What role does allergy testing play in addressing atopy?

While some atopy instances can be handled with symptomatic therapies, it is frequently useful to identify the allergens that are causing a reaction.

Even though it’s typically impossible to restrict a dog’s exposure to allergens, you can treat your dog for hyposensitization by identifying which particular allergens are responsible for an allergic reaction. In order to create immunological tolerance, hyposensitization includes giving your dog modest doses of the irritating allergens (as injections or by mouth) every one to four weeks.

Hyposensitization helps between 60–80% of dogs, though results might not be apparent right once and some canines need ongoing treatment.

How is allergy testing performed in dogs?

Dogs can be tested for allergies using either RAST testing or intradermal skin testing. Every technique has benefits and drawbacks.

The “gold standard” for identifying the cause of atopic dermatitis, intradermal skin testing, is only carried out by veterinary dermatologists. Dog owners who want their pets to undergo intradermal testing must visit a dermatologist; however, not all pet owners may have access to this service (not all areas have dermatologists and the cost can be high). Additionally, intradermal skin testing necessitates anesthesia for your dog. It is necessary to shave off a sizable portion of your dog’s coat in order to monitor the injection sites for a reaction.

RAST testing, in contrast, just needs one blood sample. Your regular veterinarian may take this blood sample during a routine wellness examination. A reference laboratory receives the blood sample for analysis. Your dog won’t require any sedation or anesthesia for this test, nor will the hair need to be shaved.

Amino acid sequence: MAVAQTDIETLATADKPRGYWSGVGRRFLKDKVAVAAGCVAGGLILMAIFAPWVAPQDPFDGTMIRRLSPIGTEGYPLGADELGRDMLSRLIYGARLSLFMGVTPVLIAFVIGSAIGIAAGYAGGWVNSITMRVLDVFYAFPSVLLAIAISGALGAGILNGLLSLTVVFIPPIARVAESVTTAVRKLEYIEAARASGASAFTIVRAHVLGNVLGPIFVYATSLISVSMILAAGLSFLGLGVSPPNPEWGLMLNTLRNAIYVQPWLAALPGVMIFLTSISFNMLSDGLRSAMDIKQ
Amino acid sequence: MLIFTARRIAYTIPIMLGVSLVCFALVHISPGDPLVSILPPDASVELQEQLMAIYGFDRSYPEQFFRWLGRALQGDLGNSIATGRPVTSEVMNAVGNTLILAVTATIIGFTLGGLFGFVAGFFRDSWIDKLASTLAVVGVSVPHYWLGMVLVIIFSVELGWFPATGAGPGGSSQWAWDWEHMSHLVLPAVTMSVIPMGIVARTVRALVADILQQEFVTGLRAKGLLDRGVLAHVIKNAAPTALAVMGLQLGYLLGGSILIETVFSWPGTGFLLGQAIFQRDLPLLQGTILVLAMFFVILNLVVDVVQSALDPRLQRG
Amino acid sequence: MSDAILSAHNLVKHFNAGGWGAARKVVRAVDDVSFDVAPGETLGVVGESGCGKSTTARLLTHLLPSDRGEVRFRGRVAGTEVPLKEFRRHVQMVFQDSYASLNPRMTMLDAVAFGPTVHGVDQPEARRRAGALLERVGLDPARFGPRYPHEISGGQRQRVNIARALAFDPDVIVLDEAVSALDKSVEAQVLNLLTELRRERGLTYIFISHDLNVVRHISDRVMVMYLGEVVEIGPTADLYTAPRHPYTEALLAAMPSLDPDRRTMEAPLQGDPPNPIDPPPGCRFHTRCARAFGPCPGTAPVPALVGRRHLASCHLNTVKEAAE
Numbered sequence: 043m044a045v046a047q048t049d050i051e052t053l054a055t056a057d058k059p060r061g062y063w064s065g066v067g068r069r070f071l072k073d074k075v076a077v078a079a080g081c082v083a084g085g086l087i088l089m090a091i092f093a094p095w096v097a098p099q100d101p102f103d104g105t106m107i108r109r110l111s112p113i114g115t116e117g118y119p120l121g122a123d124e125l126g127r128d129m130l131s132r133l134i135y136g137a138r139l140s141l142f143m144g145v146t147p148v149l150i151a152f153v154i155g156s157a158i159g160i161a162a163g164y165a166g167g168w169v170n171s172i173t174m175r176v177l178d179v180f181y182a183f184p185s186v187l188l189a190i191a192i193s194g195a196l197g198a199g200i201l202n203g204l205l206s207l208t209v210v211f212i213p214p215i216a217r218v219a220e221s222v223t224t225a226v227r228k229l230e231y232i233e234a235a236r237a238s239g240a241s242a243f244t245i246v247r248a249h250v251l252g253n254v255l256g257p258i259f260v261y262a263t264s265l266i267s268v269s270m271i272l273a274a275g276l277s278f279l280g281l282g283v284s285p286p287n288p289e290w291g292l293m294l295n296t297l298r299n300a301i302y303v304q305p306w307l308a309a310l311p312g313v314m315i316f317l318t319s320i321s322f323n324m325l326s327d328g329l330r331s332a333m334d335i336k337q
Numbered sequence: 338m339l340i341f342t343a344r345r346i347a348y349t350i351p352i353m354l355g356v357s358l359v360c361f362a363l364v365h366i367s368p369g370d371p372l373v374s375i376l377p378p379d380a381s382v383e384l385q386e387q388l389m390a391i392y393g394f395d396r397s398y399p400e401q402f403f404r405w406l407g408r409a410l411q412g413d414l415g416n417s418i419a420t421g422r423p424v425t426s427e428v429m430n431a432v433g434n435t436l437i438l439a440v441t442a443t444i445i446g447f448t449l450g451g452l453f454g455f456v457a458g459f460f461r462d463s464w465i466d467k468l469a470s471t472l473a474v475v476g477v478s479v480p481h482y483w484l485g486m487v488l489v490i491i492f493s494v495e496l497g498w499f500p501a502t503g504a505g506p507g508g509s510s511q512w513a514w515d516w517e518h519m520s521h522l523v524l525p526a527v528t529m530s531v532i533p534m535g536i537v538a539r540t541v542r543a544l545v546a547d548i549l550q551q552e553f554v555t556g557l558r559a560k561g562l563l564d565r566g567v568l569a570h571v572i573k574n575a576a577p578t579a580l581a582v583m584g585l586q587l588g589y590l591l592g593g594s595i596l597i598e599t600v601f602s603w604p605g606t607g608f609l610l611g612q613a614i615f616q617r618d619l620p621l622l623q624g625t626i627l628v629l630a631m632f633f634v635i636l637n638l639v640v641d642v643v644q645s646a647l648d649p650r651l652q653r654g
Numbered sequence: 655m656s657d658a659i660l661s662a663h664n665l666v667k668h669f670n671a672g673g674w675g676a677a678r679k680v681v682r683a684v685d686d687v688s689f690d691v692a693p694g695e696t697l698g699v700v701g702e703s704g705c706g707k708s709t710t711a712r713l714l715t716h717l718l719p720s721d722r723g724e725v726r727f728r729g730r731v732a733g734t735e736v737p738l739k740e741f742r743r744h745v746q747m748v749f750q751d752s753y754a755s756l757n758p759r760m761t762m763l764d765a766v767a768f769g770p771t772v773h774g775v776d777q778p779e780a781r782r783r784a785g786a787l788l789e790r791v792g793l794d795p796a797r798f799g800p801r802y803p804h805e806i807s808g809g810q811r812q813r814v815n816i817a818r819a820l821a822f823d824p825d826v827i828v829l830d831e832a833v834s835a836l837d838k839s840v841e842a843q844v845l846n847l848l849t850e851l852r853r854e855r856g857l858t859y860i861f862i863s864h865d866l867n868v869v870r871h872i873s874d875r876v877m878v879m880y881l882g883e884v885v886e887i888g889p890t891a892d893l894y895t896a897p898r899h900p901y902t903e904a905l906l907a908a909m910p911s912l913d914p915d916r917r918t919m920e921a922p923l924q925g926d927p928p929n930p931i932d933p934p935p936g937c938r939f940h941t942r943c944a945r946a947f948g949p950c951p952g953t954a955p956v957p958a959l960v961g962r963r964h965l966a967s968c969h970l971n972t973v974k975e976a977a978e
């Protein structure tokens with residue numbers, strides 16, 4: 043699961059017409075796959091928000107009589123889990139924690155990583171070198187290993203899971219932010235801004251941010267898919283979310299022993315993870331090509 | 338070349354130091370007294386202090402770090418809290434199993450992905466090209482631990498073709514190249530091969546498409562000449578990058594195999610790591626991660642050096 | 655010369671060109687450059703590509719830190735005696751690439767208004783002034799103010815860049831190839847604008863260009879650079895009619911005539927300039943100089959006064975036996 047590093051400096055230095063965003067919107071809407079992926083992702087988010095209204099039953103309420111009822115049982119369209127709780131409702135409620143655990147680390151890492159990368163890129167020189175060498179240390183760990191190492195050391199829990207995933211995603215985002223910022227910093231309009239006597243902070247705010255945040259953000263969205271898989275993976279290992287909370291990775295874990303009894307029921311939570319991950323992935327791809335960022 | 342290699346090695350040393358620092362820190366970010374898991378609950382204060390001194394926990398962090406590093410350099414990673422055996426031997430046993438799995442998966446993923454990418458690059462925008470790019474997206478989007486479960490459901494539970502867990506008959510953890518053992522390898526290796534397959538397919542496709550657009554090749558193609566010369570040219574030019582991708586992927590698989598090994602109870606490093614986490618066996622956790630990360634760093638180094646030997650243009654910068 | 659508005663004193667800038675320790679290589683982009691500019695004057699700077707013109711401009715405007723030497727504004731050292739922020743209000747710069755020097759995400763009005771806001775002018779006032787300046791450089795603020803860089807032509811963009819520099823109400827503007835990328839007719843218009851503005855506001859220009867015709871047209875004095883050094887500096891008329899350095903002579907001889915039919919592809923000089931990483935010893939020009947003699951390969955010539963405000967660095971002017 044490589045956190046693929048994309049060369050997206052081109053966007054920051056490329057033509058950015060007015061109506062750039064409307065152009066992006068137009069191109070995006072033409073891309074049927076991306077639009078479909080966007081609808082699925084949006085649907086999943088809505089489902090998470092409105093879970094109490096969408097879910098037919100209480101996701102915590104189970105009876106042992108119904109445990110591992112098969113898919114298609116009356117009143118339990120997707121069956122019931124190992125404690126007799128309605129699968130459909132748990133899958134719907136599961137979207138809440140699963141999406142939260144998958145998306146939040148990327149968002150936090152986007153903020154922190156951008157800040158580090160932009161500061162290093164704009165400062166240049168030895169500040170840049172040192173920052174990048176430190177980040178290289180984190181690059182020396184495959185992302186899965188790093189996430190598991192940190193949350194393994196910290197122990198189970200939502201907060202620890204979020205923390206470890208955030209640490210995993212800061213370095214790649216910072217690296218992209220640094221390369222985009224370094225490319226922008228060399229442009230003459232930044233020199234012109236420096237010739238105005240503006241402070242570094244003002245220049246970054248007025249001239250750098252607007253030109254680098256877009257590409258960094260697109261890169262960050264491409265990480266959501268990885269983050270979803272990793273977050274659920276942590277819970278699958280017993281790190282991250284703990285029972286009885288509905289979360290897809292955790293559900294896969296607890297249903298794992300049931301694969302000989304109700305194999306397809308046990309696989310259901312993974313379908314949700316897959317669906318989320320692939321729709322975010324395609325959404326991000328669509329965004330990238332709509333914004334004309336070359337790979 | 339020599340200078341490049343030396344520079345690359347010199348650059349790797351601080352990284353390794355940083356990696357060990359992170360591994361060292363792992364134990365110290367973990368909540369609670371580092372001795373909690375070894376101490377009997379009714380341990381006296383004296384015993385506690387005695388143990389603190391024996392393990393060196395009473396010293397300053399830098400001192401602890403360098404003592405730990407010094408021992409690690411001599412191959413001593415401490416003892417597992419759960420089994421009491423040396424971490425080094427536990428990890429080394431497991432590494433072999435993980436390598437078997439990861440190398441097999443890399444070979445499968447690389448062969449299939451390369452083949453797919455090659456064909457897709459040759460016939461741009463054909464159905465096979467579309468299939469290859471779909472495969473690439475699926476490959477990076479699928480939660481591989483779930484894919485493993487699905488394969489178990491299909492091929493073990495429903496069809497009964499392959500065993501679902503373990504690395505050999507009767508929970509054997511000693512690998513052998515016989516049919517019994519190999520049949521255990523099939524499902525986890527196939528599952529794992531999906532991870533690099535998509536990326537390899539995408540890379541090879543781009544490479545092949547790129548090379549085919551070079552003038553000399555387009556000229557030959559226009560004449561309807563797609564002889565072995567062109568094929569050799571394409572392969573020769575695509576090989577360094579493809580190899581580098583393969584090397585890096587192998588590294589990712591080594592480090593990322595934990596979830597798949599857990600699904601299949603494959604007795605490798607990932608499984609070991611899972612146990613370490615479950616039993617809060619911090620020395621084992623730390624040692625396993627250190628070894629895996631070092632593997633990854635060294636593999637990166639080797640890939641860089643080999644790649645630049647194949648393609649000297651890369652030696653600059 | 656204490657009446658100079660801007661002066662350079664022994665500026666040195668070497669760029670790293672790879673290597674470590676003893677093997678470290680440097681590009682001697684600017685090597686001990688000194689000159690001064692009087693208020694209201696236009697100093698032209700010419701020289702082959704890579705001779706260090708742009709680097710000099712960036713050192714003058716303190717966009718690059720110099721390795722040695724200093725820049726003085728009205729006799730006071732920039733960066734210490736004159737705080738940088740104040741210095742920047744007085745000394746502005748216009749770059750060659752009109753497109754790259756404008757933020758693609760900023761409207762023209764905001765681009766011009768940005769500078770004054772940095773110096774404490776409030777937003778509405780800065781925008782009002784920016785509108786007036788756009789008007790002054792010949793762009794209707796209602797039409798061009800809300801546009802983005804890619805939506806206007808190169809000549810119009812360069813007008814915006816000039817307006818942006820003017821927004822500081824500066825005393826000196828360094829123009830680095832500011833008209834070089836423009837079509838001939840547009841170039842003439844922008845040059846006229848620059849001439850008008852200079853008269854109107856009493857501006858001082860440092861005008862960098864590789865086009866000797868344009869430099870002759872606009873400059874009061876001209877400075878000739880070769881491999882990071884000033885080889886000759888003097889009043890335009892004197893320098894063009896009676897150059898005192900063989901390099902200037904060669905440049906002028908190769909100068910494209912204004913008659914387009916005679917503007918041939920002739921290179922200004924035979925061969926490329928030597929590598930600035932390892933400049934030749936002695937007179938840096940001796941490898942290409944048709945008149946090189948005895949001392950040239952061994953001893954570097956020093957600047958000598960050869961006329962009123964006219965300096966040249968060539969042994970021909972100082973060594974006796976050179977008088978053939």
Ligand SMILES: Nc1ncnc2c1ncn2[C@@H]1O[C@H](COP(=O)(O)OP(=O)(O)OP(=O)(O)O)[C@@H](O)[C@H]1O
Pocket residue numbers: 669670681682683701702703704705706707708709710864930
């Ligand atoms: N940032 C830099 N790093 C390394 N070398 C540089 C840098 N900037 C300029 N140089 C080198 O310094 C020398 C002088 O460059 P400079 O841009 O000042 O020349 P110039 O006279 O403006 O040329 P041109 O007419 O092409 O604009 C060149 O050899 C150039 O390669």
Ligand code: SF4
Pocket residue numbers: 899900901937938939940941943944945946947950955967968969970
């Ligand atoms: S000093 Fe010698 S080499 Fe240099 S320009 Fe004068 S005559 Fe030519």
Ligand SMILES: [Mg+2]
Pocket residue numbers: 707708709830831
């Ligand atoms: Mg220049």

Will my dog have to go off his allergy medications prior to RAST testing?

RAST testing can frequently be carried out when canines are taking their usual allergy medicines. Contrast this with intradermal testing, which often necessitates an extended period of medication-free time for dogs before testing.

Are there drawbacks to RAST testing, compared to intradermal testing?

Theoretically, yes A higher percentage of false positive test findings, or positive test results that cannot be verified using intradermal skin testing, has historically been linked to RAST testing.

Practically speaking, however, the RAST data indicate that the majority of dogs treated with hyposensitization still show a considerable improvement in their skin illness.

Is there anything else that I should know about RAST testing?

It’s crucial to realize that RAST testing is often only beneficial if you want to try hyposensitization for your dog. It can only be used to determine the underlying cause of atopic dermatitis that has already been diagnosed; it cannot be used to diagnose atopic dermatitis.

It’s crucial to realize that RAST testing is often only beneficial if you intend to try hyposensitization for your dog.

The allergens found during RAST testing typically include a wide range of weeds, trees, grasses, and other allergies. The main advantage of this test comes in helping to inform the creation of hyposensitization therapy because avoiding these chemicals is often not very practical for most dogs and people.

If a dog allergy test comes back negative, may you still have the allergy?

The presence of allergy-specific antibodies in your blood is indicated by a positive test result. This typically indicates an allergy.

The results of the blood test will specify what you are allergic to. You may test positive for something, though, even though you’ve never experienced an adverse reaction to it.